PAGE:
Somebody at Travel + Leisure magazine really loves Sonoma.
Last February, the well-known travel magazine listed the little burg as the eighth most romantic city in America. Now, with the Fourth of July a few days away, it’s calling Sonoma the eighth best town for celebrating America’s birthday.
“This wine-country town also made the top 10 for town squares,” the magazine wrote, “and its adobe-lined Plaza is where you’ll find Sonoma’s 4th of July parade with marching bands – followed by a carnival and topped off with fireworks.”
So good are the festivities, according to the magazine, that they’ve put Sonoma in the company of Flagstaff, Bend, Newtown and Boulder (numbers 1, 2, 4 and 5, respectively). Chapel Hill trails behind in a three-way tie for 10th place.
The honor makes perfect sense to Mary Catherine Cutcliffe, an event manager with the Sonoma Community Center who is a key organizer of the city’s July 4 celebrations.
“How exciting is that? One of the best Fourth of Julys in the country,” she said.
“I think it’s reflective of our community,” Cutcliffe said of the ranking. “I think the Fourth of July celebration is reflective of our diversity, and also the colorful characters that come together in our community.”
The Plaza itself provides a perfect setting for the Fourth of July, she said, with food, musical acts, nonprofit booths and other attractions encircled by the city’s famous parade.
“This year, we will see the Hot Diggity Dogs, they are making a return,” said Cutcliffe, referring to the spectacle of dachshunds wearing costumes. The Hometown Band will perform, and the parade itself will include entries from the entire Sonoma Valley community.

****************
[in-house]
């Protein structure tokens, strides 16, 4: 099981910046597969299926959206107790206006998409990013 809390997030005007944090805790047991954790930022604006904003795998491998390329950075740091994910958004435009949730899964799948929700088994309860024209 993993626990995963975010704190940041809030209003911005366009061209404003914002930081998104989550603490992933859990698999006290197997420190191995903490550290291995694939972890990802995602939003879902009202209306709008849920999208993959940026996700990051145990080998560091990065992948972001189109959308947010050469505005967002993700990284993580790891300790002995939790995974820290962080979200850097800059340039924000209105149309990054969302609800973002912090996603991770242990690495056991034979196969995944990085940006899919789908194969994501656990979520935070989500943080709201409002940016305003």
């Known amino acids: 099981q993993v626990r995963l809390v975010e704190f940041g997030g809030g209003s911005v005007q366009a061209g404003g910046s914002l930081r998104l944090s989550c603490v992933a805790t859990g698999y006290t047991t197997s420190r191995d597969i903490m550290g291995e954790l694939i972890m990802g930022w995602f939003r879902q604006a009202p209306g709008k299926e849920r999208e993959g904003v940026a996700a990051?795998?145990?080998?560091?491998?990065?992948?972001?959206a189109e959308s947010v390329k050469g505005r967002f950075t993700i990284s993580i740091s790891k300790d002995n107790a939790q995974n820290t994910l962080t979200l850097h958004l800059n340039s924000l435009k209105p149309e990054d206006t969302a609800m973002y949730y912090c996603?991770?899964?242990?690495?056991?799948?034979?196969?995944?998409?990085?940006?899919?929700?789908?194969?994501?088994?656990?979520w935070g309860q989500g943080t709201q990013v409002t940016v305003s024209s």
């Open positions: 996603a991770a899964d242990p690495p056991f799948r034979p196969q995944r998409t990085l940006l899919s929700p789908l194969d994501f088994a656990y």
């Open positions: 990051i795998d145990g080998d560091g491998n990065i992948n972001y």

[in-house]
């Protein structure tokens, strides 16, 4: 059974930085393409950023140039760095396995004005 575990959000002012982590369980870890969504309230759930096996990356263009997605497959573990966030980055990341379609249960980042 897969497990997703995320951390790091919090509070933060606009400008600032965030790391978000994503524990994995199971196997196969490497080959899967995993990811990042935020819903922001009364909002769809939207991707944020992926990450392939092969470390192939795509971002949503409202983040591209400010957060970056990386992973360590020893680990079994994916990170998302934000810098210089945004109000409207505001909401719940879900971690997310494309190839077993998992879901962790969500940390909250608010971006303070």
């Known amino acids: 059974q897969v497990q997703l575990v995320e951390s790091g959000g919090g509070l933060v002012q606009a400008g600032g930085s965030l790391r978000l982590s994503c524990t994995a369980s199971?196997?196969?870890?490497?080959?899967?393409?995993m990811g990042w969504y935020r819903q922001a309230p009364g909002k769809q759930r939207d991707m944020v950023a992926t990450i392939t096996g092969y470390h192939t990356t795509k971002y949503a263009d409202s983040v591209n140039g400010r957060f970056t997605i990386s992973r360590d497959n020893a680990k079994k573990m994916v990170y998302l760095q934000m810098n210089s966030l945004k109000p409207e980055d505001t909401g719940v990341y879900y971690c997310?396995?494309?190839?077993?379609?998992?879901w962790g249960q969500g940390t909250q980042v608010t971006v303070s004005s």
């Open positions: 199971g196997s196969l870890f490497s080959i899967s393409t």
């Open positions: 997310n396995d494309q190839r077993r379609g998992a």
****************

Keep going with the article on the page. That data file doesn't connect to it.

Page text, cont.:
So good is the celebration, Cutcliffe said, that she herself “fell in love with the town of Sonoma on the Fourth of July” nine years ago.
The Sonoma Community Center has organized the event for 51 years. This is Cutcliffe’s second year helping to direct it.
The magazine’s readers (ostensibly the list is “approved by T+L readers”) evaluated the July 4 bona fides of cities in all 50 states as part of its “America’s Favorite Towns” survey, looking at “founding-father-friendly categories like charming main streets, parades and feeling patriotic.”
“While most offer festivities like watermelon-eating contests, dog parades, or fireworks, other winners just exude enough star-spangled pomp to feel like a trip back in time,” the magazine wrote.
But with towns in Arizona, Oregon and Hawaii topping others in Pennsylvania, it seems that high-quality fanfare and fireworks tended to beat out authentic Revolutionary history, at least with the Travel + Leisure crowd. And that’s a specialty of Joe Boldt, who has organized and choreographed Sonoma’s fireworks display for 27 years.
“What I try to do is throw in a few surprises, to kind of mix it up a bit,” said Boldt, a full-time fire mechanic and volunteer captain with the Sonoma Fire Department. “This year I’m going to throw in a little surprise before the show begins,” he added.
Despite the town’s smaller budget – all donation-based – and the fact that it does not have musical accompaniment, “I think we do a pretty good job,” he said.
Boldt said he hoped that all who come to see the colorful lights over Gen. Vallejo’s home next Friday night enjoy themselves to the fullest – and that they pick up all of their trash afterward.